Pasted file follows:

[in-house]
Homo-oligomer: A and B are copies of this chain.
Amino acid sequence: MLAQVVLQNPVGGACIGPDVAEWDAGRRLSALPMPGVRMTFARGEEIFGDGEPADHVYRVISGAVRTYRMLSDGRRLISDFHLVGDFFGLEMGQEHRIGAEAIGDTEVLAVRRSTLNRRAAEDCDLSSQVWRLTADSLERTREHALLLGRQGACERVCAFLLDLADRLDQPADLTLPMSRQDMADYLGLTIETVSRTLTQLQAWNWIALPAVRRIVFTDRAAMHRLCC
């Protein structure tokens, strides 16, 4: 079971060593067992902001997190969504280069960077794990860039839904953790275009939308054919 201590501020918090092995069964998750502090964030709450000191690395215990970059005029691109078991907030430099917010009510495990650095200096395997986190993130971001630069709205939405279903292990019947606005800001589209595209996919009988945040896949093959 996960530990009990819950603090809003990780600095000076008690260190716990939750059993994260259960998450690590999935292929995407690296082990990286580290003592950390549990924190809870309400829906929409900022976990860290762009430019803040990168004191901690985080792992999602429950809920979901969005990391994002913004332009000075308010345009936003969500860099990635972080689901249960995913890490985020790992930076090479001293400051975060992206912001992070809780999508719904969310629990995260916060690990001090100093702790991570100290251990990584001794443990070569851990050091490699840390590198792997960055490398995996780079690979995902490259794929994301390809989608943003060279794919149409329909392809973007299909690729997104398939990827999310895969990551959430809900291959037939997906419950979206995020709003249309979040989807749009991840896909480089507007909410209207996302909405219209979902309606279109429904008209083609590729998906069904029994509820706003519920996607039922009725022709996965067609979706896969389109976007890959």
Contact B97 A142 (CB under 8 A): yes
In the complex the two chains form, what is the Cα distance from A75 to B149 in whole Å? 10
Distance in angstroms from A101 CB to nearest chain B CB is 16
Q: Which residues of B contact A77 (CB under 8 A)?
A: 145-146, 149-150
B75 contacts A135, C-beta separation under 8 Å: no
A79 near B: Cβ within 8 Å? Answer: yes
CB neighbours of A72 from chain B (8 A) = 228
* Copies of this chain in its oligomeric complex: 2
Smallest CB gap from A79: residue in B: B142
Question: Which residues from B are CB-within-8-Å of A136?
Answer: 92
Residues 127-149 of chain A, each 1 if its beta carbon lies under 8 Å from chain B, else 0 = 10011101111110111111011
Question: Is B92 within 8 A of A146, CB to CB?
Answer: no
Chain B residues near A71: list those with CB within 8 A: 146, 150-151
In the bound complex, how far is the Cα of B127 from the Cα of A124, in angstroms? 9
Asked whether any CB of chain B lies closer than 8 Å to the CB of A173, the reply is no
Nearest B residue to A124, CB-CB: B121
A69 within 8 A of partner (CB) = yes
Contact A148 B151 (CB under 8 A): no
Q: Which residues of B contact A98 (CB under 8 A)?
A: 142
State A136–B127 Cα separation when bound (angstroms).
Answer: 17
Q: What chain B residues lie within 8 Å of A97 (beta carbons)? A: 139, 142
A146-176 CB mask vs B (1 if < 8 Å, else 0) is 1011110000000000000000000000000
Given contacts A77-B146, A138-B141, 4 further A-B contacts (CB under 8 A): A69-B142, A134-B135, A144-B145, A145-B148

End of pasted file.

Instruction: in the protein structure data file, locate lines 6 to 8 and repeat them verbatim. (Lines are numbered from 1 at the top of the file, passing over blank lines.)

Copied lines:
In the complex the two chains form, what is the Cα distance from A75 to B149 in whole Å? 10
Distance in angstroms from A101 CB to nearest chain B CB is 16
Q: Which residues of B contact A77 (CB under 8 A)?